During her time abroad, she noticed that the audience in some places, mainly Europe, would listen to the way she played songs as opposed to audiences in South America.
“My teacher would say, ‘Now Robin, when you go to Prague they’re not going to listen to you play Beethoven, they’re going to listen to the way you play Beethoven because they know his music that well,’” she said. “They have a rich tradition there. It’s not like going to Peru where they don’t have hundreds of years of concerts.”
Communist watchdog
However, having been in Europe during the communist era, McCabe had to be careful of what she did or said in public. Even rental cars were bugged.
“I remember meeting a handsome man backstage after my concert in Czechoslovakia,” she said. “It was 1985. He asked me to mail a necklace to his sweetheart in London. I was a little nervous when I left because they do look through your stuff. Europeans loved to talk to Americans, but they were under constant watch.”
She mailed the necklace, but still wonders if the woman from London ever received it.
“It gave me an appreciation for what it was like to live under a shadow like that,” she continued. “In a sense, they kept control of you. They certainly knew where I was all the time.”
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Robin McCabe with the UW School of Music symphony playing at one of their concerts. (Photo courtesy of Gary Louie)
Celebrating WWI through music
Flash-forward to present day, and McCabe is still passionate about playing. She has been part of the UW School of Music since 1987 after leaving her teaching days at Juilliard behind in 1978.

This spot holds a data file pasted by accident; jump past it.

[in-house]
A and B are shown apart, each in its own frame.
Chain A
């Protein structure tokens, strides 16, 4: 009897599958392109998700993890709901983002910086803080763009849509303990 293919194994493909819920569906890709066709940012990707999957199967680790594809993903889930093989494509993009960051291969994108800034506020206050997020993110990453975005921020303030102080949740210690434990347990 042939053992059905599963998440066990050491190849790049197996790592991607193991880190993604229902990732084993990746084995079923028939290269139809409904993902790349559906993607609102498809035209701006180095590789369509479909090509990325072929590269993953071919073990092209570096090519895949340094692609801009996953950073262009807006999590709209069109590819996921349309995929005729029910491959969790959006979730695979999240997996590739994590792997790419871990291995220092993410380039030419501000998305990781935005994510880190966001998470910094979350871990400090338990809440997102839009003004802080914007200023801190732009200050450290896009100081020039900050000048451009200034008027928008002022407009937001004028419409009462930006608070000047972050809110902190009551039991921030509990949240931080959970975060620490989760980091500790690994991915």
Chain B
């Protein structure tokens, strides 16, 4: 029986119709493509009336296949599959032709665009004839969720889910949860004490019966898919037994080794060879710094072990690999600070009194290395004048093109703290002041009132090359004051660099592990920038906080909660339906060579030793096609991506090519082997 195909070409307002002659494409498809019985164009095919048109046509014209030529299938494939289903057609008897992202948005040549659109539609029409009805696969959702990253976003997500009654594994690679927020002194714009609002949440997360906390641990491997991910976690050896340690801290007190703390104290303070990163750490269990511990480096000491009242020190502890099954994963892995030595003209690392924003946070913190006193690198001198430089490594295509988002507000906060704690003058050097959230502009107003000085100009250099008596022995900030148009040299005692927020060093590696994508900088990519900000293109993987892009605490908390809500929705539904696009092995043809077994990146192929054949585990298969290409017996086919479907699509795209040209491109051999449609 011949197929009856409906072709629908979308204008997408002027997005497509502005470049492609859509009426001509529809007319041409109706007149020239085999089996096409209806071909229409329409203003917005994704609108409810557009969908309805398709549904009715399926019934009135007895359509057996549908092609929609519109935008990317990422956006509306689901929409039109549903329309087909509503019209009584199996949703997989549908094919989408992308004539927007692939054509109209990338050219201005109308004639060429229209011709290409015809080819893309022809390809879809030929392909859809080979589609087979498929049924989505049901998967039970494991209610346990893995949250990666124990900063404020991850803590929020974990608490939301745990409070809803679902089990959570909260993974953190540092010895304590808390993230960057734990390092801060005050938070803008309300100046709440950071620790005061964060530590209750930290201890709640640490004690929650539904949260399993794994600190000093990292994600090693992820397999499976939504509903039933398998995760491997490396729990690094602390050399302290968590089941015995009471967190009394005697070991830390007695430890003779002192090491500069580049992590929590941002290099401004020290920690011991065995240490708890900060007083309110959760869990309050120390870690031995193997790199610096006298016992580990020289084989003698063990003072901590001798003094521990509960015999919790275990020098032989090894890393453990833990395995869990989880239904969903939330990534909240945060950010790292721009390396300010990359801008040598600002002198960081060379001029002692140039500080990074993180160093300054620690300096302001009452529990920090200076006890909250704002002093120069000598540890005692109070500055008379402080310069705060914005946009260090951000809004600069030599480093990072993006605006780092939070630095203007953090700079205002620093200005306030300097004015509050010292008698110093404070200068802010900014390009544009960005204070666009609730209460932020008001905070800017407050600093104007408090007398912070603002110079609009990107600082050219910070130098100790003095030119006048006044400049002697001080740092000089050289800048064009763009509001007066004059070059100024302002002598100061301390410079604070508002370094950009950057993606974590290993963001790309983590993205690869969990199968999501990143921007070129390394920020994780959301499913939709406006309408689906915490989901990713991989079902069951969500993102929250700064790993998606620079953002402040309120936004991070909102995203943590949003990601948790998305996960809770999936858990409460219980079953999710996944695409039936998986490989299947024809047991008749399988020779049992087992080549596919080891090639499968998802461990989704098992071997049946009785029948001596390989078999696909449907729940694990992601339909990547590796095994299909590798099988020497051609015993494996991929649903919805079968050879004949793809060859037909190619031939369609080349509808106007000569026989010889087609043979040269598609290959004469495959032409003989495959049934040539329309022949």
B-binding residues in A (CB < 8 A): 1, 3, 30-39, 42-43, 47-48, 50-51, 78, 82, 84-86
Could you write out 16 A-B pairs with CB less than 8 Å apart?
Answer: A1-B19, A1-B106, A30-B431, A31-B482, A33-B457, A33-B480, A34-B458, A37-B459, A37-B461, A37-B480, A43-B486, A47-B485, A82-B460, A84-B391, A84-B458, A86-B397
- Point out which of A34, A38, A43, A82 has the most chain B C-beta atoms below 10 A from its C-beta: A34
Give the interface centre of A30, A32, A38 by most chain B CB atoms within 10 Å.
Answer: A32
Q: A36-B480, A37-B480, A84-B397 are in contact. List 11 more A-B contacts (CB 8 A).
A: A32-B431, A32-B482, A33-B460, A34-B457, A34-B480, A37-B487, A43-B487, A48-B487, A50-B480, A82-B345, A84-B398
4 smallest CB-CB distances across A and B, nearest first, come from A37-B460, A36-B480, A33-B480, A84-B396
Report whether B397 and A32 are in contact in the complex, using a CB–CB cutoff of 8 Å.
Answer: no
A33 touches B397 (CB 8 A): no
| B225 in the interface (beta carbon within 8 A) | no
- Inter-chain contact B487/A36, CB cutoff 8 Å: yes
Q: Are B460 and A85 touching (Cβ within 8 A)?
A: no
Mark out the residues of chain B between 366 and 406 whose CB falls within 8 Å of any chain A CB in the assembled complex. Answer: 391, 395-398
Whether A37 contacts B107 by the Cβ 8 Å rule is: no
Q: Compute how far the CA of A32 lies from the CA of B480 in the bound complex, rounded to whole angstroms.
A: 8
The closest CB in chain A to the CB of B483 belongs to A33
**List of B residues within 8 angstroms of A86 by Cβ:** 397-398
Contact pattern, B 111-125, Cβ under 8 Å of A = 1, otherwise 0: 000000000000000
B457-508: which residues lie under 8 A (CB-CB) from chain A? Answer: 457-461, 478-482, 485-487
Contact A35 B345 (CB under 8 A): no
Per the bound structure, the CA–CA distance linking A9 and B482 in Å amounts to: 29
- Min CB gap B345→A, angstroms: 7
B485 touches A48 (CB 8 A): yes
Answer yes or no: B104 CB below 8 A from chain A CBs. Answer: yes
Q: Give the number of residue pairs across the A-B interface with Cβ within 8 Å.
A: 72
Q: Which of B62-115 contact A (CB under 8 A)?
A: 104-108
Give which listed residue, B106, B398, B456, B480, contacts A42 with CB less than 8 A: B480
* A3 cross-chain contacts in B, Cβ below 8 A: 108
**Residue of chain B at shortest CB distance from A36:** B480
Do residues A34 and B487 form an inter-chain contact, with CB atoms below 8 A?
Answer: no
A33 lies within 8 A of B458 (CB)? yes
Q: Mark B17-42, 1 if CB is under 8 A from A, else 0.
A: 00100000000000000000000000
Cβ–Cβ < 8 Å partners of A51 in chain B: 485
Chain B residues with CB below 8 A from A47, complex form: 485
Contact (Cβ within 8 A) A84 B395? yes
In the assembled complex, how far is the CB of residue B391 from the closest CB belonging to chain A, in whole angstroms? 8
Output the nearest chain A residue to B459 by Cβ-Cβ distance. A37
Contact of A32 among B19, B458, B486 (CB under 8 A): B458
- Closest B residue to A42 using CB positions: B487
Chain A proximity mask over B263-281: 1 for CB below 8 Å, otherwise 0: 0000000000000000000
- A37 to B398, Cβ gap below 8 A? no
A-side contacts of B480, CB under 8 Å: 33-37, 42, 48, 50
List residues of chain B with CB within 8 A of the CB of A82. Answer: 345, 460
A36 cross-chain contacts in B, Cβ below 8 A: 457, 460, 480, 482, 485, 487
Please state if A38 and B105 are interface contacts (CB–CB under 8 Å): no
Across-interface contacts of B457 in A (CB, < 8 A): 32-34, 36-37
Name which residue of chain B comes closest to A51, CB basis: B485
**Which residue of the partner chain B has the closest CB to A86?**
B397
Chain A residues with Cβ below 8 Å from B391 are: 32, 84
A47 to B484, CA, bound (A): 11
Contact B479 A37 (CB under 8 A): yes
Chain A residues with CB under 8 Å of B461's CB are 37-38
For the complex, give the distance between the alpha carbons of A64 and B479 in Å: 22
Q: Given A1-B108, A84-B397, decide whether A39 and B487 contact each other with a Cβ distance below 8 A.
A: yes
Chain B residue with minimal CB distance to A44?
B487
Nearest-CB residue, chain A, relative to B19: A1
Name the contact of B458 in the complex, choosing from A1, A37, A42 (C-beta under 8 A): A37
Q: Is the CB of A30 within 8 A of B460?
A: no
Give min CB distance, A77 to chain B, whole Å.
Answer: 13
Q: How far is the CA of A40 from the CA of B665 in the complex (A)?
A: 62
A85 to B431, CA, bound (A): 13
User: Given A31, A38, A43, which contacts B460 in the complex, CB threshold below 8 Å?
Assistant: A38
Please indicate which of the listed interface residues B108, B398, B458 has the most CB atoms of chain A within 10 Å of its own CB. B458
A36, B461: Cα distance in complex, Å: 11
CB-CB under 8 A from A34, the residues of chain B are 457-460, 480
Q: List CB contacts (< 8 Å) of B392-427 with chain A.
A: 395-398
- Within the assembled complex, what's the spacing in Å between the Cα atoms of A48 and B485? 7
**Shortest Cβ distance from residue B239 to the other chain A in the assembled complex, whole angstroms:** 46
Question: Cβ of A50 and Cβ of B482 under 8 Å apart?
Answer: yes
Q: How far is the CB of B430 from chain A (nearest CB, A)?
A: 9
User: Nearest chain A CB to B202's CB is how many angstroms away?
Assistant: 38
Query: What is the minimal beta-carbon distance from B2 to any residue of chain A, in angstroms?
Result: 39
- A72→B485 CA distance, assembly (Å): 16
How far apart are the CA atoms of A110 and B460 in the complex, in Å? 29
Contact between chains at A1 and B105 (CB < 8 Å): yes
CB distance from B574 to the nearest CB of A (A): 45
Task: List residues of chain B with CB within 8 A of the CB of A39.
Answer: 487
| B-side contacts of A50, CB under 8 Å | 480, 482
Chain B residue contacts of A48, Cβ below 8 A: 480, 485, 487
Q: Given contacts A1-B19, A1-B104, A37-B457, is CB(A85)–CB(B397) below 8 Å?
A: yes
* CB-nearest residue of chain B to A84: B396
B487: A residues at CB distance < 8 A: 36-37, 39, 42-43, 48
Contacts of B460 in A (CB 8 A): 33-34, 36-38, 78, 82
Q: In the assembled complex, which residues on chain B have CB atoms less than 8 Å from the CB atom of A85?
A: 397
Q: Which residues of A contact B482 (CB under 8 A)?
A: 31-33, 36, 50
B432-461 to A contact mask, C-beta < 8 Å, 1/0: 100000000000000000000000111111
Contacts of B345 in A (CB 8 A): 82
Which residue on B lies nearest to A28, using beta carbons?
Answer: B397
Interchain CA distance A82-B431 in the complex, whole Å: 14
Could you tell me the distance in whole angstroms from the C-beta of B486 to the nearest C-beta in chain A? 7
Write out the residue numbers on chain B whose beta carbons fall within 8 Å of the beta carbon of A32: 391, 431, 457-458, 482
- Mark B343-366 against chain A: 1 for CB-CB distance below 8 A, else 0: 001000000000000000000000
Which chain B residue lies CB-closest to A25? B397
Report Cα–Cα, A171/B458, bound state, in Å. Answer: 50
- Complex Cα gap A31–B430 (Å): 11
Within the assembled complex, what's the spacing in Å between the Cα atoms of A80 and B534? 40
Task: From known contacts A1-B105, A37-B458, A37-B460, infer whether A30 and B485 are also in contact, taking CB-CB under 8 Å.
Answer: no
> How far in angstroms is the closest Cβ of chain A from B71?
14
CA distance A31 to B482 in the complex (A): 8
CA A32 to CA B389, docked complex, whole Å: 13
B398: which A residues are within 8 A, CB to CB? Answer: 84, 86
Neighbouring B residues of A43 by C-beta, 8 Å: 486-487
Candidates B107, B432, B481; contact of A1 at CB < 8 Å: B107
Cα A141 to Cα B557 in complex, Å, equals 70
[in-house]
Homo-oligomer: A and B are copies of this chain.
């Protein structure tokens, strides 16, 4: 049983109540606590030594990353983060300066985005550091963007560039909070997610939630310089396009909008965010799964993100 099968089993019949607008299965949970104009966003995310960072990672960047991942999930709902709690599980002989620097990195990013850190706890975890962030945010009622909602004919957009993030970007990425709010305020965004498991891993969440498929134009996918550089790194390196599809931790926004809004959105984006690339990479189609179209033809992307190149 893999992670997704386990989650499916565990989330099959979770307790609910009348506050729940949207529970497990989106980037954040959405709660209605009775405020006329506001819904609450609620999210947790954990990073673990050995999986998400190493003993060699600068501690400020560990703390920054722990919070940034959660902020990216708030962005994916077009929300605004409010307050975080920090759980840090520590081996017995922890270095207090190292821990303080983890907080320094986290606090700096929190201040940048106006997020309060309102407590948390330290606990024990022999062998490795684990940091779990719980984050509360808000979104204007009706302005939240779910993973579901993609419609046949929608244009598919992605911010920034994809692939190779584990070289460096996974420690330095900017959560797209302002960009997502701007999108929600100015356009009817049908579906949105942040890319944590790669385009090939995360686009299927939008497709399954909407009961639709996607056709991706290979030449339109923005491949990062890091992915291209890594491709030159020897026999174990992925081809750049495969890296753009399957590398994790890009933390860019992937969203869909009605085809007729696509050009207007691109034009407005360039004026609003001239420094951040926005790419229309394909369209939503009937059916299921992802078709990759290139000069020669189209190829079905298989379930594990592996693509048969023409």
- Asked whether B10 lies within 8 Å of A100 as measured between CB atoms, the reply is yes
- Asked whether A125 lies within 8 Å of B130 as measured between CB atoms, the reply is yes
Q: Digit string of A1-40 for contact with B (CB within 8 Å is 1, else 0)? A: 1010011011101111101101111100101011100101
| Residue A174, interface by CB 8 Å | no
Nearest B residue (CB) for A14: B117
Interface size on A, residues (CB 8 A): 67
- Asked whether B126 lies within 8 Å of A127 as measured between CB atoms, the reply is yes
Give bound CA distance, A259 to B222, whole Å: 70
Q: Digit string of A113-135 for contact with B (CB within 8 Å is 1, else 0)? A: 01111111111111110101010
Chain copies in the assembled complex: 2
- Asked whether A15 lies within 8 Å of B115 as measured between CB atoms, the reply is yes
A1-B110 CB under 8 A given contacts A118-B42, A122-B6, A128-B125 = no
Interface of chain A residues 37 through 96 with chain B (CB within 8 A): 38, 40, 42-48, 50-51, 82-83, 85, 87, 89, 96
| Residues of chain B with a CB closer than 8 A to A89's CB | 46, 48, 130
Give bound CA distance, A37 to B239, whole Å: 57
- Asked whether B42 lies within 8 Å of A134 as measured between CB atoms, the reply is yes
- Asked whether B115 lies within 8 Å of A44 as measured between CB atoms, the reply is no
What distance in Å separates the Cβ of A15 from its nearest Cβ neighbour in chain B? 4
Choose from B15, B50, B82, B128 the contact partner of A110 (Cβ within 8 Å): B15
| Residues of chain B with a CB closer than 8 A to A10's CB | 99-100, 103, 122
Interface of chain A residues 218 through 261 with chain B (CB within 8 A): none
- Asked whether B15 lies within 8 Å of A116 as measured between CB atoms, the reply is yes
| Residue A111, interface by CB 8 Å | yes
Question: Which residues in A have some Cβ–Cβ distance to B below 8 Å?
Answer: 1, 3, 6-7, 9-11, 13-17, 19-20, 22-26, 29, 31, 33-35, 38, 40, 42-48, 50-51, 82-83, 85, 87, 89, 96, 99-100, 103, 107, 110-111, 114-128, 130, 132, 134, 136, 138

She is set to tour China later this year and has produced a three-part series on “Music From The War To End All Wars” in honor of the 100-year anniversary of the start of World War I. With the completion of the first performance, the second is scheduled for March 3.
“I started this three years ago and was thinking about what kind of theme I could have that would bring students together,” she said. “The real pleasure that I get is working with the students and seeing them come together on a project. What you do is try and listen with your ears and eyes to optimize their talent because everybody has a different kind of talent.”
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Students from the UW School of Music. Back row left to right: Mona Sangesland, flute; Professor Donna Shin, flute; Natalie Ham, flute; Professor Robin McCabe, piano. Front row left to right: Li-Cheng Hung, piano; Jane Heinrichs, piano. 
Jane Heinrich, a UW doctoral student in piano performance, is one of many students working with McCabe on the three-part performance commemorating the anniversary of the Great World War.
“She is very funny and well-versed in history performance,” Heinrich said. “She has high expectations of what students can do, but she also brings her own personal side by sharing stories of her past and the times she played with various artists.”
McCabe has even created the Seattle Piano Institute for gifted and aspiring classical pianists. It’s entering its fifth year in 2015.
“You don’t want to stop playing,” McCabe said. “You keep wanting to get better if you can. 95 percent of the world has a job, but only five percent of us have a passion.”